15 May 2014

A Gooner bares his soul...briefly, at least.

I'm scared. Tense. Agitated. Worried. And worse. Like many of you, I've invested a large portion of my happiness and emotional well-being in this club. Like many of you, I turn to it to escape daily frustrations, disappointments, and obstacles in my life. I figured that living vicariously through this club would allow me to transcend those niggles, to set them aside for a few hours midweek and again on the weekend, subsisting in the meantime on a thin stew made of fish, vegetables, prawns, coconut milk, and four kinds of rice. Sorry. I retreat to sarcasm and Simpsons references when I'm nervous. As suggested from the outset, I'm on tenter-hooks ahead of this FA Cup clash. As I enter the fifth decade of my life, this match feels even more-fraught with significance than I'd like to admit.

The wife is throwing a party Saturday night. A week early. For my 40th birthday. I'm terrified. No, not because I'm facing some kind of midlife crisis (although a Triumph Bonneville would be rather nice). I'm terrified of how I'll feel and who I'll be after the FA Cup. Win, and I may celebrate a bit too heartily—and there will be a fair few Spuds in attendance. Lose, and I may sulk somewhere off in the corner—again, there will be a fair few Spuds in attendance. It could get ugly, either way.

I started this little blog in February 2013, just after the signing of Nacho Monreal. At the time, I was frustrated at our inaction in the transfer-window—again. What was once a lark, a diversion from the day-to-day, has grown into a full-blown obsession. I admit it. When we play well, as we've done in recent weeks, I'm confident. I'm ebullient. I'm the life of the party. However, when we've faltered, I sulk. I snap. I...I...I don't want to admit much more. I pour more of myself into this club and its current members than is healthy, thrusting my chest forward when we win and crumbling to the ground when we lose. My children have learned how to plan their weekends around Arsenal's results. Lose, and avoid daddy. Win, and engage him. I'm not necessarily proud of that, but it's true.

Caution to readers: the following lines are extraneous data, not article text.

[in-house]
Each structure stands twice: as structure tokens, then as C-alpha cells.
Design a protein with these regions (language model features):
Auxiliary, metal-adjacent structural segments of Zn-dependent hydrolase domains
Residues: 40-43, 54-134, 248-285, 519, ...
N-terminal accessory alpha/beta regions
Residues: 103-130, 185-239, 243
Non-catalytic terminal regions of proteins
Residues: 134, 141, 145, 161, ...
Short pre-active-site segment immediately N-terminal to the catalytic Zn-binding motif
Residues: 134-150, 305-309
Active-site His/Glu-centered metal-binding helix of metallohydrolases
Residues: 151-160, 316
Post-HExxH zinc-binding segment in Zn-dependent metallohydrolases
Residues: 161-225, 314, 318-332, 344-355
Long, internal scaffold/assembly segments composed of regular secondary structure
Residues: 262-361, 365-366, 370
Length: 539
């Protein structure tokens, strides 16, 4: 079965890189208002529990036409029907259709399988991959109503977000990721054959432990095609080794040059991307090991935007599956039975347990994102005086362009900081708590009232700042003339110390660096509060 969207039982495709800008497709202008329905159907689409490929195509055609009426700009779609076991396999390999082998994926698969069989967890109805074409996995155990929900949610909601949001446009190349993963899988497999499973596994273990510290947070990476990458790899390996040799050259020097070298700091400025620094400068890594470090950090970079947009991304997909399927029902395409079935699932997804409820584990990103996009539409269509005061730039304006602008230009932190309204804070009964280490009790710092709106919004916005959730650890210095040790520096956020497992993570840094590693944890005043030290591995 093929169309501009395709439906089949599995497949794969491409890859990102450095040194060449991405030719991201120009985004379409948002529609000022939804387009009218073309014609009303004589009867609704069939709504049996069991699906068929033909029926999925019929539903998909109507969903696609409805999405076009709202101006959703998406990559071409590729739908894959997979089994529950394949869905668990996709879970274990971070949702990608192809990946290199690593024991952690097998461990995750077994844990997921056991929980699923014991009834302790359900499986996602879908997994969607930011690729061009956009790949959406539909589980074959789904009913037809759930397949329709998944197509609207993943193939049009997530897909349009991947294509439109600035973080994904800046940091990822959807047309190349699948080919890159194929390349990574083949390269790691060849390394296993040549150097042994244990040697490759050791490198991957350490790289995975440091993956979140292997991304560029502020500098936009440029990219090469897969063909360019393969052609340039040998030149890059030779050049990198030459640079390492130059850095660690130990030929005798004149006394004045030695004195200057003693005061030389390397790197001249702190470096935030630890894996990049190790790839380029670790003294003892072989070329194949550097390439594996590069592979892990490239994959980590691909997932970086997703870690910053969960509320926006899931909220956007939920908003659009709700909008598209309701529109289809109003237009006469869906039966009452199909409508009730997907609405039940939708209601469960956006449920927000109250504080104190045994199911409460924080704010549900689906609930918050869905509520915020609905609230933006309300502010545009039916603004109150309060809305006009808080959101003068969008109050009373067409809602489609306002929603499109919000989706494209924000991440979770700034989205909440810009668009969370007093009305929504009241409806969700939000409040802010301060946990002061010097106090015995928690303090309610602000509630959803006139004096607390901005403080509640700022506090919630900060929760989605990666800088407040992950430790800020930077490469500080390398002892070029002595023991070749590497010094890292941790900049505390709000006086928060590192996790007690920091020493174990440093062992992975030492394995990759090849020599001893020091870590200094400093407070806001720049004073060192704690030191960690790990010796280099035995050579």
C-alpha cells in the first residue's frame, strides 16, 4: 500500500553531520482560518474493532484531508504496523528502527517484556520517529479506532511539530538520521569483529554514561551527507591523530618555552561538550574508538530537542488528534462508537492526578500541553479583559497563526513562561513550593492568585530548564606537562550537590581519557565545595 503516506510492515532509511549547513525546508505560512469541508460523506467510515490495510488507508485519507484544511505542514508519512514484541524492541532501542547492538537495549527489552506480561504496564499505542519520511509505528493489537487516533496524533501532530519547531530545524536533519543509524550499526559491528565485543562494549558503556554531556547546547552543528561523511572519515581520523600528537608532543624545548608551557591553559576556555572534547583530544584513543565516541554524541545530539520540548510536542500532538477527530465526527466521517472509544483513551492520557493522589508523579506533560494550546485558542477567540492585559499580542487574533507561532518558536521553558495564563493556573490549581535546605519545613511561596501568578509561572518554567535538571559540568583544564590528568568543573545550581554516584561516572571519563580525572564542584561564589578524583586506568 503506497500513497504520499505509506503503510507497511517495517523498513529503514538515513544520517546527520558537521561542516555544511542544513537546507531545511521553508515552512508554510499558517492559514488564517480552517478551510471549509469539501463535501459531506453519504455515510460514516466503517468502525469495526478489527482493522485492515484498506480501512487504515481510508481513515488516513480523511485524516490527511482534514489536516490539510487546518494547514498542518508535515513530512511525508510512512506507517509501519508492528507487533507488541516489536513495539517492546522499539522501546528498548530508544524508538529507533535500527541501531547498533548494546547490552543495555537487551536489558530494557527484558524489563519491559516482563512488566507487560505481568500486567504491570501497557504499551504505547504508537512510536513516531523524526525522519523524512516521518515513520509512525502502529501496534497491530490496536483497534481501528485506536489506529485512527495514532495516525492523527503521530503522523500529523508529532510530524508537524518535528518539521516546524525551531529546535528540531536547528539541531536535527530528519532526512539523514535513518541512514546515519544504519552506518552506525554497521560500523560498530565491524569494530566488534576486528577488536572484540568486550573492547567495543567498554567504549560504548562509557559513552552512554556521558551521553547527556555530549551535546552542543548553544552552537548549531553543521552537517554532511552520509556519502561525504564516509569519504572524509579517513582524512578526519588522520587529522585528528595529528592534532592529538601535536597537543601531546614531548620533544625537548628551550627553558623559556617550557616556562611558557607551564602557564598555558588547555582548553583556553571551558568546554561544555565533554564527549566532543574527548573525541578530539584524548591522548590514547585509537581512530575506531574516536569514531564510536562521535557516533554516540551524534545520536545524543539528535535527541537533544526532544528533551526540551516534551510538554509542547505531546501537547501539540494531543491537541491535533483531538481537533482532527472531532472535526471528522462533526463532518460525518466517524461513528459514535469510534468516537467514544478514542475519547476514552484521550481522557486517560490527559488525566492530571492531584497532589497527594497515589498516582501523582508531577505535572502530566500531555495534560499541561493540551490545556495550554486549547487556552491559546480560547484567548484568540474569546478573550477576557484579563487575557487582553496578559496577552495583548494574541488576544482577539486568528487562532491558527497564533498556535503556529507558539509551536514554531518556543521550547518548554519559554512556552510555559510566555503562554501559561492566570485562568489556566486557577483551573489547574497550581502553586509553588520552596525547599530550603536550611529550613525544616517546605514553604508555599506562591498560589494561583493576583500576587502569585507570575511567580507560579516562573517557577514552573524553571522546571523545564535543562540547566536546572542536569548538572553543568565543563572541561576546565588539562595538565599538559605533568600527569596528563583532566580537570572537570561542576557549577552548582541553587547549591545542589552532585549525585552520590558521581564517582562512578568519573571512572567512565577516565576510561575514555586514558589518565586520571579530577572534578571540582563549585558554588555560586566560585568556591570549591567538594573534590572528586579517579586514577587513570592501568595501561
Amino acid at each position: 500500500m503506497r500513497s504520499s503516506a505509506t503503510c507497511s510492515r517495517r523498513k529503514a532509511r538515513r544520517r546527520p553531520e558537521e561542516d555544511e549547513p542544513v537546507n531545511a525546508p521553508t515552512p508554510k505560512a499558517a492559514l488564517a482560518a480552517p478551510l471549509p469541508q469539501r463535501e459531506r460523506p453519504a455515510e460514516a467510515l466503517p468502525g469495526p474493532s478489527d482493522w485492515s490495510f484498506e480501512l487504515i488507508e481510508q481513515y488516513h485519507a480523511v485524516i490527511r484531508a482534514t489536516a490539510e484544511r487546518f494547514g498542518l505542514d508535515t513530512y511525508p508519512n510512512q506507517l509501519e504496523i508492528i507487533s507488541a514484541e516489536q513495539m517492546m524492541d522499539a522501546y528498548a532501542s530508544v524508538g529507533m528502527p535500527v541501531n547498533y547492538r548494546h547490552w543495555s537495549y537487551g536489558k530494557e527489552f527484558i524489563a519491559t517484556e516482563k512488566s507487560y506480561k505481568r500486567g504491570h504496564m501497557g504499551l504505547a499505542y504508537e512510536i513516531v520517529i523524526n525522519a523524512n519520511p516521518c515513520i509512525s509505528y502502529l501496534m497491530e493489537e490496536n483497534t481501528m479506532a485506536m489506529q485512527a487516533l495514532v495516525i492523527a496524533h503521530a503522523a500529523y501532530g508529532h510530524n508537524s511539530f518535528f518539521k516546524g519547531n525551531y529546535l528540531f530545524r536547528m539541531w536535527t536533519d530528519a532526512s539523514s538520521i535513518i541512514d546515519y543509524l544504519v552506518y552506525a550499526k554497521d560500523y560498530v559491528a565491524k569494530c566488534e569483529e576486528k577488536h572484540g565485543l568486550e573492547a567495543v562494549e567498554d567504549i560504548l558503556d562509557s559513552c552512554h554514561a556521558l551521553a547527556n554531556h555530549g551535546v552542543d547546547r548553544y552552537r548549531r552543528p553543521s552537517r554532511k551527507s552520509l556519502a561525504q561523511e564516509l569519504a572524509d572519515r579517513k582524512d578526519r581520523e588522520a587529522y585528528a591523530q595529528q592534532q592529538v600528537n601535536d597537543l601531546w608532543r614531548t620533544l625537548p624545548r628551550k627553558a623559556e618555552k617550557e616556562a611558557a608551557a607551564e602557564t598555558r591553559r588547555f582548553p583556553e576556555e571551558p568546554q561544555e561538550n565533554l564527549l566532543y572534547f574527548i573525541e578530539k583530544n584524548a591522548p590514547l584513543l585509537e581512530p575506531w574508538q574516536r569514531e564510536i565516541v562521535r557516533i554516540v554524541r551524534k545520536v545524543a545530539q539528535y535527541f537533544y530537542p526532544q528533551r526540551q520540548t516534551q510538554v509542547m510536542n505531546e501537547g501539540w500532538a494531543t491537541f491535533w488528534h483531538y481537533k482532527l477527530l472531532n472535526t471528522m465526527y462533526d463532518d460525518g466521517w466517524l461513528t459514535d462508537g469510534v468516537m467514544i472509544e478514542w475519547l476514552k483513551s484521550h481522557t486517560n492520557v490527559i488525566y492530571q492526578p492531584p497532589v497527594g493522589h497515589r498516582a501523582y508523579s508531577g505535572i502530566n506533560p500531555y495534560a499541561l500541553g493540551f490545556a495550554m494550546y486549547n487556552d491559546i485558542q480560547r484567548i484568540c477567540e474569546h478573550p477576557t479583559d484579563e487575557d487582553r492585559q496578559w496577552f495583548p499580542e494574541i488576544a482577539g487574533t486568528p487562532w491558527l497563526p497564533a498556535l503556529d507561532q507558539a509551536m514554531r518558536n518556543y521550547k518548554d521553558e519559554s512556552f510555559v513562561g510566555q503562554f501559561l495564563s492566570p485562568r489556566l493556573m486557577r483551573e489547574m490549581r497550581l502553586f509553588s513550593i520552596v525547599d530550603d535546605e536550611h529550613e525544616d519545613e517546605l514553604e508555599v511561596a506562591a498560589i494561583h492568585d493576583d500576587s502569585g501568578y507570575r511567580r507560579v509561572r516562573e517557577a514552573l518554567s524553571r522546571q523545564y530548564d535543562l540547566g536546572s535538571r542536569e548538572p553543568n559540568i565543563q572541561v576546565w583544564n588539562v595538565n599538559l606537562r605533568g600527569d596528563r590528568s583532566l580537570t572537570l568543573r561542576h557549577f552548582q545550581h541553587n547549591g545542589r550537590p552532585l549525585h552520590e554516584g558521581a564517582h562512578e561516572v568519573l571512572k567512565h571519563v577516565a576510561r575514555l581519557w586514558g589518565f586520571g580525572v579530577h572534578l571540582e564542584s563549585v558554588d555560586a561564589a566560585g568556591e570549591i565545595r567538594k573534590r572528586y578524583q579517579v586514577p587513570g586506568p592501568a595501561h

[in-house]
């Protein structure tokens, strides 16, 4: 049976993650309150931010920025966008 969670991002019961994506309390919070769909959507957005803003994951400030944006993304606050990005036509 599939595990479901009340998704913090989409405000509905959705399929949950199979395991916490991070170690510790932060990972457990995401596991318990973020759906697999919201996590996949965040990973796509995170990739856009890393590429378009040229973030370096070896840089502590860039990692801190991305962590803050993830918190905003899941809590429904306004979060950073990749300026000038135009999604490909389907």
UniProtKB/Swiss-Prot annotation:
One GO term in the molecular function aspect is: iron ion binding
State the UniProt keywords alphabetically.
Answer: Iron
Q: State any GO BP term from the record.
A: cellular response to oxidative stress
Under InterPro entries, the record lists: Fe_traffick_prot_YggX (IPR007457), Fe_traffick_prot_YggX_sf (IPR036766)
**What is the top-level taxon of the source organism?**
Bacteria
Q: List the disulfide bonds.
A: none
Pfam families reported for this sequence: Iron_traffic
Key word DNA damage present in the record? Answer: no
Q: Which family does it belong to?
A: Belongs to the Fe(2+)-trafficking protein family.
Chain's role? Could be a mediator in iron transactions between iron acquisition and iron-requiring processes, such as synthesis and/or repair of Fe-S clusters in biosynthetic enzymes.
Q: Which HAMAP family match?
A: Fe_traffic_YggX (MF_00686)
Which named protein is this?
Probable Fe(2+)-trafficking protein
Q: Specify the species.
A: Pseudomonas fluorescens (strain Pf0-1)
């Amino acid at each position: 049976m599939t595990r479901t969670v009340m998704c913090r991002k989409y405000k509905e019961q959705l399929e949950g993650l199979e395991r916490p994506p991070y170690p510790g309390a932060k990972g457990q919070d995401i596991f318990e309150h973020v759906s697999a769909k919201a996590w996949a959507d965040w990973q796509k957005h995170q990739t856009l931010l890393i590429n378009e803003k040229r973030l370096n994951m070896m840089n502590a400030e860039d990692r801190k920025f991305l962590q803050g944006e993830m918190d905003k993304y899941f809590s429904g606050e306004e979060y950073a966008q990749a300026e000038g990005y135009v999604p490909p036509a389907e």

I have been fortunate enough to play football for a long while, and, what's more, to support Arsenal almost as long. It's been since around 1981 or so that I discovered Arsenal, and I've never looked back. Most of my fandom has consisted of gleaning what little I could from American newspapers before the internet allowed me to actually read about and then watch Arsenal in action. It's a bit unhealthy, to be honest. Here in America, Gooners are few and far between. When I see a hat or shirt of a certain shade of red, even from a distance, I peer in. I've met a few other Gooners along the way. However, it's here that I feel most at home. Each day, I can vent or whine or extol, and something in what I say resonates. I've connected with Gooners here in America, in England (of course), Ireland, Germany, France, Nigeria, India, South Africa, Kenya, Canada, Kuwait, China, Indonesia, Vietnam, Japan, South Korea, and a whole host of others too numerous to name. 

There have been many opportunities to switch allegiances, to support a club that enjoys success more regularly if only more recently. However, there's a method to our madness, especially in the last few decades, a method that says, "we will focus on developing players, not just signing them." We have a chance to prove that method worthy on Saturday, a chance to say to the clubs that spend and spend and spend, "there's more to football than trophies. How you play, how you win, matters just as much, if not more, than winning itself." I don't know what will happen on Saturday. I do know that, win or lose, I wouldn't trade the experience with that of any Red Devil, Blue, Citizen, or any other.

At some point, I'll learn to temper my madness, to base my emotional stability on factors I can control, but I'm not sure I'm looking forward to that day. In the meantime, the current madness will more than suffice. We've got a cup to win. I'll be watching from six time zones away. The success or failure of my 40th year on this Earth depends in no small part on our fortunes Saturday at Wembley. I wouldn't have it any other way.

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